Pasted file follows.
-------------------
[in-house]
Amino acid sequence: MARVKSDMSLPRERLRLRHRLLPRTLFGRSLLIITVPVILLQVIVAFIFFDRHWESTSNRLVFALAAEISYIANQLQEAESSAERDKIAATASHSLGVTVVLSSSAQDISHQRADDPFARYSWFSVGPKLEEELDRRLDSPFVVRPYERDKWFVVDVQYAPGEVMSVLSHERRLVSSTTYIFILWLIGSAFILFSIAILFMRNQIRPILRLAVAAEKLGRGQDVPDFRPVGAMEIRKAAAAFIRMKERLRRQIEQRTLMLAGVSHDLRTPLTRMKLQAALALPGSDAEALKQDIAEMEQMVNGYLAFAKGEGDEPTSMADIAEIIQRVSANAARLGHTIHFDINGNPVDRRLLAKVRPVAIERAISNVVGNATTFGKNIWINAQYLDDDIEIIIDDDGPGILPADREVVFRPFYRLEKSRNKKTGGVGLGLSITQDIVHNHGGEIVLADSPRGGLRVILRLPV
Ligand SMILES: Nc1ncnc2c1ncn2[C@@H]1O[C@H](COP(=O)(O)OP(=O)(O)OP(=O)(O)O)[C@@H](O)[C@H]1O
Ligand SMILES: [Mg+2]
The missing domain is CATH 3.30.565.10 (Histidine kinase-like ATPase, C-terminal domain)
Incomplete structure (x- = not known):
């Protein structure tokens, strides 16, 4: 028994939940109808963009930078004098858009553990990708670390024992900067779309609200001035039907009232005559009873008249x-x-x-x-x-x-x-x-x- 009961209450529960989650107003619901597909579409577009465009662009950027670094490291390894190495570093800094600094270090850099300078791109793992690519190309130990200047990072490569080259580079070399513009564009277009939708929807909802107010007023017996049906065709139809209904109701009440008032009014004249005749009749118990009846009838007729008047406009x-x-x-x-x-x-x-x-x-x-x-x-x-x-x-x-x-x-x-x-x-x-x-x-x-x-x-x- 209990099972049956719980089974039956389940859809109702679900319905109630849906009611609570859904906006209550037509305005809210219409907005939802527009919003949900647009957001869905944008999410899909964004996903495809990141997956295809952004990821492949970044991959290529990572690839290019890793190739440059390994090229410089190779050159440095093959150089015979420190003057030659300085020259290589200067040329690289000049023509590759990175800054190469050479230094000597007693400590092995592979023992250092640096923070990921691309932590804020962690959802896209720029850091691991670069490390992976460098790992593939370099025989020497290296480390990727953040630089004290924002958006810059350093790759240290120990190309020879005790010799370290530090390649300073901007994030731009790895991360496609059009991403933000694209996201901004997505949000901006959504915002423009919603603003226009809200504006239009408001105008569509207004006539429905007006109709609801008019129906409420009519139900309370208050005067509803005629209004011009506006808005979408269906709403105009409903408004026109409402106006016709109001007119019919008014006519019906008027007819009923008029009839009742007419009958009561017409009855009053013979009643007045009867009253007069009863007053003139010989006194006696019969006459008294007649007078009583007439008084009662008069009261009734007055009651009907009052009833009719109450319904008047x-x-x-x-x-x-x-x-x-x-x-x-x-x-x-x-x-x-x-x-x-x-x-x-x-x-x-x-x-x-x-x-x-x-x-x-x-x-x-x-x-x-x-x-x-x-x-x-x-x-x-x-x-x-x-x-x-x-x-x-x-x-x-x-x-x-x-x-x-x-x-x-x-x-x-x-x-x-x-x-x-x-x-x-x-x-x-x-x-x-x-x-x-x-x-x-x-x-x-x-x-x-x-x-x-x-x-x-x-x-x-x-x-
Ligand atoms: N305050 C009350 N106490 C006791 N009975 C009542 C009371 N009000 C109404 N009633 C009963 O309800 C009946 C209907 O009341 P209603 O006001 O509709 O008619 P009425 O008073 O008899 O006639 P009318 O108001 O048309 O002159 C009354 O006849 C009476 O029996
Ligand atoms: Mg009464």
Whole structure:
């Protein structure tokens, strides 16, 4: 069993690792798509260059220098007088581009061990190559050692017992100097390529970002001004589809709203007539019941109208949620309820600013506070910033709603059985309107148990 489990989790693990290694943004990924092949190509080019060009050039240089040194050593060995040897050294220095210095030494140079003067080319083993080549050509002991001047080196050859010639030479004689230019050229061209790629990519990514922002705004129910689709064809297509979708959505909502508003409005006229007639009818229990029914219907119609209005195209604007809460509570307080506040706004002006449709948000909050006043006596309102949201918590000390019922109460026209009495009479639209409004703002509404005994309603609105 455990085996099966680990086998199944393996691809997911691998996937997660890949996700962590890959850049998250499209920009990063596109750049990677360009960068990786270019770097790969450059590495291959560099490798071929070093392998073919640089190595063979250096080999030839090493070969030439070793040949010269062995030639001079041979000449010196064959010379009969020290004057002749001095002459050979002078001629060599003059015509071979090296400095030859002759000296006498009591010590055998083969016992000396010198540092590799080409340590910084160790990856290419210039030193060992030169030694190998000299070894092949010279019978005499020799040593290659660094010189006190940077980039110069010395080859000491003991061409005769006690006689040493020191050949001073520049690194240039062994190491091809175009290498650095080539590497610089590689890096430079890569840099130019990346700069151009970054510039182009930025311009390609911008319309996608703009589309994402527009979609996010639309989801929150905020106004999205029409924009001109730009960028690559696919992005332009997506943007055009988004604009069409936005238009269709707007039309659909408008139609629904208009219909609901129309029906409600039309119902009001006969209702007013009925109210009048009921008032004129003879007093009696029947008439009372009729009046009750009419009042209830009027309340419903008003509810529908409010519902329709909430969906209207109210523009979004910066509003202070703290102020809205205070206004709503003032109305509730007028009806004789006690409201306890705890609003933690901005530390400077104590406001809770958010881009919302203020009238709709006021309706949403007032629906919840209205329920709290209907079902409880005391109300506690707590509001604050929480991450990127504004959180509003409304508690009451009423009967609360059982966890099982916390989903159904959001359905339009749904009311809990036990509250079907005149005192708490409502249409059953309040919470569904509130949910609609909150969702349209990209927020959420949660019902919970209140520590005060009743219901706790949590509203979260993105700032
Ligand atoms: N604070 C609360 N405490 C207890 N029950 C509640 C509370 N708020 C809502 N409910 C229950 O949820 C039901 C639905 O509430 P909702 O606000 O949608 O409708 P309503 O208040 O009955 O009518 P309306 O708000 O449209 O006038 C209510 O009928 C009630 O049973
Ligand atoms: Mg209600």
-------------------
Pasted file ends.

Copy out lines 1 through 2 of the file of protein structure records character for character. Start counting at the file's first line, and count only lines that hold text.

[in-house]
Amino acid sequence: MARVKSDMSLPRERLRLRHRLLPRTLFGRSLLIITVPVILLQVIVAFIFFDRHWESTSNRLVFALAAEISYIANQLQEAESSAERDKIAATASHSLGVTVVLSSSAQDISHQRADDPFARYSWFSVGPKLEEELDRRLDSPFVVRPYERDKWFVVDVQYAPGEVMSVLSHERRLVSSTTYIFILWLIGSAFILFSIAILFMRNQIRPILRLAVAAEKLGRGQDVPDFRPVGAMEIRKAAAAFIRMKERLRRQIEQRTLMLAGVSHDLRTPLTRMKLQAALALPGSDAEALKQDIAEMEQMVNGYLAFAKGEGDEPTSMADIAEIIQRVSANAARLGHTIHFDINGNPVDRRLLAKVRPVAIERAISNVVGNATTFGKNIWINAQYLDDDIEIIIDDDGPGILPADREVVFRPFYRLEKSRNKKTGGVGLGLSITQDIVHNHGGEIVLADSPRGGLRVILRLPV